SIGHTS in Hamburg:
To catch the Fischmarkt on a Sunday you have to get up early - something that is easier said than done given Hamburg's lively nightlife. Those who make it can reward themselves with a fresh crab roll before venturing into the free-for-all. Yet Fischmarkt doesn't solely revolve around fish. Since 1703 practically everything has been sold: flowers, fruit and vegetables, liquorice, eels and souvenirs. Just a few years ago you could even find livestock on offer. The true highlight is the banter that the salesmen and women employ in an earthy Hamburg fashion to tempt the passers-by into making a purchase. Breakfast is available for early birds, tourists and hungry revellers from the previous night in the great hall, which is filled with the sound of a questionable music accompaniment.
Oh to be a grocer's widow... as these lucky women had the honour of living in the Krameramtsstuben at the foot of St. Michaelis Church. The timbre-frame houses, which were built in the 17th century, mimic doll's houses. Today the houses are home to a bookshop, a gallery, a museum and a restaurant. Amazingly the houses remained untouched by the great fire in the 19th century as well as the bombs dropped in the wars. If St. Michaelis Church is the heart of Hamburg, the Krameramtsstuben are the soul.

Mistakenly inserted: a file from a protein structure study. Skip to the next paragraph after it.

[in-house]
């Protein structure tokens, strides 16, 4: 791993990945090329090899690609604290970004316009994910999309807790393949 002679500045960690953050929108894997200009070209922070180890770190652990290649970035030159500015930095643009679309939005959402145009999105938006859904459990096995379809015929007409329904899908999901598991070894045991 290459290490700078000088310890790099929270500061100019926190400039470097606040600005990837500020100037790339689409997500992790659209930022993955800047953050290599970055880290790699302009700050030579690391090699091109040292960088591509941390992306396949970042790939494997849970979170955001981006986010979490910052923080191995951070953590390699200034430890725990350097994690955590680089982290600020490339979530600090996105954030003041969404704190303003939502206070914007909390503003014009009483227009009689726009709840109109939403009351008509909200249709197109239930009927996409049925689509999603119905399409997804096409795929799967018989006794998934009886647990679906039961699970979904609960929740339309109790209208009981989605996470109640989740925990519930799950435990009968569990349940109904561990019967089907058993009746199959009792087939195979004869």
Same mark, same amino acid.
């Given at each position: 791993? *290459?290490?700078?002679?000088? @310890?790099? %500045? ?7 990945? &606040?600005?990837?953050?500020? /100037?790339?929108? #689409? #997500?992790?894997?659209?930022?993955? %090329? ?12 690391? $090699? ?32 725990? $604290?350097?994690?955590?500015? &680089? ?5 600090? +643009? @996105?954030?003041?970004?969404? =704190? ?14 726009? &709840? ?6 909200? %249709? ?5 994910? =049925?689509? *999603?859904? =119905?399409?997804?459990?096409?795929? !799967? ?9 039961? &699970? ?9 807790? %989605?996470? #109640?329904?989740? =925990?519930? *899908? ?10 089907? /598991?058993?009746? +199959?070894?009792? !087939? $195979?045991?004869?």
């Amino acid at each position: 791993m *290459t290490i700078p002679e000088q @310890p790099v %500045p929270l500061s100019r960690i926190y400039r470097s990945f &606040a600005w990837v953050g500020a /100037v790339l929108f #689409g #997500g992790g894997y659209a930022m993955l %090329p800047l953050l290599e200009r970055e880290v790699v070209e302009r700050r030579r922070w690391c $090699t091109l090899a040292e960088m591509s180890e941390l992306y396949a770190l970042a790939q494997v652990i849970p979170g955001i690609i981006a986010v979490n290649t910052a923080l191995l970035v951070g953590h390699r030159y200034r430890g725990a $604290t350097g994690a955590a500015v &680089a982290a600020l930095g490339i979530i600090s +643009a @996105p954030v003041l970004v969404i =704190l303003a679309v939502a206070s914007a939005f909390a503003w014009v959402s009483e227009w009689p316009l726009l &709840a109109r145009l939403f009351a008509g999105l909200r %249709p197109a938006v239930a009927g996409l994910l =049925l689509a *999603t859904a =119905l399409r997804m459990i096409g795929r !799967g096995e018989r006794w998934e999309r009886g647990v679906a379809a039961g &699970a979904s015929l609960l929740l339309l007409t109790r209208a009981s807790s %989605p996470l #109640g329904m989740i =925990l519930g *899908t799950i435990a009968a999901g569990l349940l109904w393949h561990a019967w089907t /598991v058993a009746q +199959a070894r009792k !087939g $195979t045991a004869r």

Kunsthalle is home to a first-class collection, which covers no fewer than seven centuries. Here each of the big art families has its own room or house: the old masters are also represented, as are the authorities from the 19th century and the modern classics. The media collection, which includes audio and video works, deserves a special mention. Among others it features work by Günter Brus, Dennis Oppenheim, Valie Export and Gordon Matta-Clark. The Gallery of Contemporary Art - a four-storey, white cube - is dedicated to art from 1960 onwards boasting many interesting pieces.
EAT in Hamburg:
Those in search of passion need look no further, promises chef Thorsten Gillert. And he is true to his word. Enjoy a leisurely lunch at Bude 1 and watch it transform into the trendy Artisan in the evening. Artisan offers diners set menus from four to seven courses, while the appropriate wine accompaniment comes recommended by professionals. The menus change daily leaving guests an element of surprise, providing they remember to reserve. Even star chef Tim Mälzer is impressed, openly acknowledging Thorsten Gillert as the city's most creative chef.
Built on the grounds of the big wholesaler meat market, this restaurant seats no fewer than 180 diners. And every single one of the seats is necessary as three days a week Tim Mälzer - the popular and admired TV chef himself - can be found in the kitchen, preparing the finest food to spoil his guests, who of course remembered to reserve in advance. Dishes include quail breast, poussin, Burrata and Calamaretti. The old brick house exudes charm, the cuisine is wonderful and the ambience is upmarket without being pompous.
Enjoy a taste Portuguese of life with fish, wine and sweets! The Portuguese quarter winds around the harbour - more precisely around Dietmar-Koel-Straße. If you're an enthusiastic eater, then it's certainly worth a visit. Galego is one of the most popular restaurants in the quarter, both with tourists and locals. Reserve a table in advance to ensure you can enjoy truly wonderful fresh fish. If you forget to do so, then try Sagres just a few doors down the road at number 53.